Saturday, March 14, 2009

Sweet Success

Today was the day. Shin splints gone thanks to my boy Disco giving me some good stretches to do before the run. Got only 2 hrs of sleep last night, which left me with plenty of time to try out these stretches.

Before leaving, I found this note taped to the front door by DiscoPOD which effectively cheered me up:

I could tell that my shins were loosening up when I drove down into town to meet Ben who would be my ride over to Salida. We left before dark, grabbed some coffee at Mocha's, then really started the pre-dawn drive to the race. For the first time since I've moved out to these parts, I had clear skies all the way to Salida. What this really means is that I finally got a view driving over Monarch Pass. It's phenomenal out there.

Salida was cold when we got there. 14 degrees cold. I had a hell of a time trying to attach my bib number to my shorts with safety pins using my casted hand. Gotta get this thing off. With 5 minutes till the gun went off (there was no gun), Ben and I finally got out of his warm truck to walk over the Arkansas River, past the railroad tracks, and to the start line. The event was really low key with probably around 200 folks running. Lots of space between runners as we started the run

It was nice not running in a huge group of runners, which always makes me run harder than I should to get some space. Not so here, and it was perfection. The race started off pretty flat, climbed a tiny bit to a water tower, then shortly after started to climb in earnest. I had read about this climb on other blogs, and was slightly nervous about it. Turns out the climb wasn't all that bad at all, and was very similar to the climbs I do up Trappers Way in Crested Butte. I was able to run most of the uphill, but when I realized that my silly shuffle was no faster than another guy's walking in front of me on a steeper pitch, I decided some times it's best to walk. There were probably a couple of patches of walking in there before passing the first aid station at 3.5 miles. Since I already had enough water to go 6 miles in my hydration pack, I just kept on.

After 3 more miles of steady climbing, we got to the 6.7 mile aid station, and the turn around point for the half-marathon runners. Here I had to refill my water bladder, which turned into more hassle than I would have imagined. The cast was making it really tricky to handle the bladdcattle guardser, and when you factor in the fact that I was trying to rush, made me spent entirely too much time at that aid station. 3 guys who I had passed on the climb caught up to me and passed me as I was trying to coax water out of the water cooler. Back on the trail and frustrated with my hydration setup, I started to work at picking off the runners who had passed me. There was still a little bit of climbing, and after 15 minutes reclaimed my position in the race.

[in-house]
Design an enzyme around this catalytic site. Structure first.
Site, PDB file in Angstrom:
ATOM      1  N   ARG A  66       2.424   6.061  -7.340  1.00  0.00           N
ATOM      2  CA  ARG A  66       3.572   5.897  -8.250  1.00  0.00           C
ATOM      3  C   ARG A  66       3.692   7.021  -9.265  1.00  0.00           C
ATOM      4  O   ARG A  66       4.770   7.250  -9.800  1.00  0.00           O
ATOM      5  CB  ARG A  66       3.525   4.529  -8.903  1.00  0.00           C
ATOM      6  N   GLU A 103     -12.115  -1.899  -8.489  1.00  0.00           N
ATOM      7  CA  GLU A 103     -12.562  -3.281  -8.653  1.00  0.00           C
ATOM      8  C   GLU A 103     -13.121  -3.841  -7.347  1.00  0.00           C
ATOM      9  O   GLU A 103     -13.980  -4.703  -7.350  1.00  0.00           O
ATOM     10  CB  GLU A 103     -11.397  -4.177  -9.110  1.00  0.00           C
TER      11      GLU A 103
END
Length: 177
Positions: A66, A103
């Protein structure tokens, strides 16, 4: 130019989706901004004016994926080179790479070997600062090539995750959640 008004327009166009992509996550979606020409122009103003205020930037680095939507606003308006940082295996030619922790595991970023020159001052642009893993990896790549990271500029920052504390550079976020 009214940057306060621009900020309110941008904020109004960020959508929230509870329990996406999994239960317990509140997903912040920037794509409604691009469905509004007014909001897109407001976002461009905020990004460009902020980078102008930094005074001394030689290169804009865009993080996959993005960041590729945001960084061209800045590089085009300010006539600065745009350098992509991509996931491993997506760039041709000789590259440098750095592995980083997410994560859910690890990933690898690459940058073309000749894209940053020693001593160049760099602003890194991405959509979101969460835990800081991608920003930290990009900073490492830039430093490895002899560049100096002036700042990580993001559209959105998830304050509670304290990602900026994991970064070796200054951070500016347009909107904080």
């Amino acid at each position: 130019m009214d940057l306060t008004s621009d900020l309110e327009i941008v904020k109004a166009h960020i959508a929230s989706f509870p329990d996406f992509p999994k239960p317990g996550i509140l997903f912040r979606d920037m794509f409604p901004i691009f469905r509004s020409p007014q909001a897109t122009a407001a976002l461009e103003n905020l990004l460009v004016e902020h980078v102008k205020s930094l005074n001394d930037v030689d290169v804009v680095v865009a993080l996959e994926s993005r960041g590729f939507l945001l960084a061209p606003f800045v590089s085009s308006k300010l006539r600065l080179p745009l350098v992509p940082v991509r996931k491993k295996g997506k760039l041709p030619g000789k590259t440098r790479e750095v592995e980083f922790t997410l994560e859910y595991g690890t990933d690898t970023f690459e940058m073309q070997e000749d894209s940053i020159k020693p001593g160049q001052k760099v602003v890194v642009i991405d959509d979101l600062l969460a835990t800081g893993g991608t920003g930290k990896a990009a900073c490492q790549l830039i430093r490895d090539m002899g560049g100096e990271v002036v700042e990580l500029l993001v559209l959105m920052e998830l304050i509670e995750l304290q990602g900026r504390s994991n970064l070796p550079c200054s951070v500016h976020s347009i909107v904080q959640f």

Finally the course flattened out and I decided to pick up the pace. I caught up to a really nice guy Bob, from Boulder, who had run the race last year. He told me that most of the first climb was over ,and then there would be a steep drop down to Turret, the half-way point. Bob was partially correct. Things stayed mellow for a couple of miles before we turned onto a different road. This road had the dreaded cattle guards that all runners despise. Soon we turned off of this road onto a rougher 4wd road that grew steep. This was the steepest section yet. Very rocky.

After a steep climb here, short and mellow run there, I finally got to the top of the climb. I'd say the views of the Collegiate Peaks were pretty okay:Next came a blazing downhill. Lots of fun was to be had here. This is when I started to realize that somehow I'm pretty fast descending, and was able to pass a couple more people. Kept flying downhill for a few steep miles until I hit the old mining ghost town of Turret. I was welcomed with people pounding cowbells. Finally I'd gotten more efficient at filling my water bladder, and was out of that cool spot with a quickness and 40ish more ounces of water. Sadly, I had entered race-mode at this point and didn't take a picture of this cool spot. I had been telling myself that I'd be tickled if I could make it to the turn-around in under 2 hrs, and I did so with 10 minutes to spare. In my mind I figured it would now be possible to finish in under 4 hrs if all went well, which it usually doesn't. So not many more pictures. Bummer.

When you go down a mtn and turn around, you typically have to climb back up. Climb, slowly, I did. My calf was starting to cramp up and I realized I hadn't eaten quite enough at this point. First line of business was to down two Succeed! salt caps to help with the cramping. Then get some calories to maybe help the same issue. I had packed a peanut butter sandwich and some fig newtons which always worked well for me on training runs. Not anymore. I couldn't stand the dry food,and could only stomach a couple of bites of the dry dry sandwich. Still, I was able to get nearly 300 calories down. After 13 miles, I finally decided to start listening to music as well. Refueled and driven by music, I started to run at a decent pace climb. After about 10 min, I saw Ben coming in the other direction, heading downhill to Turret. He seemed to be doing fine, and I told him that I felt "great". No lie.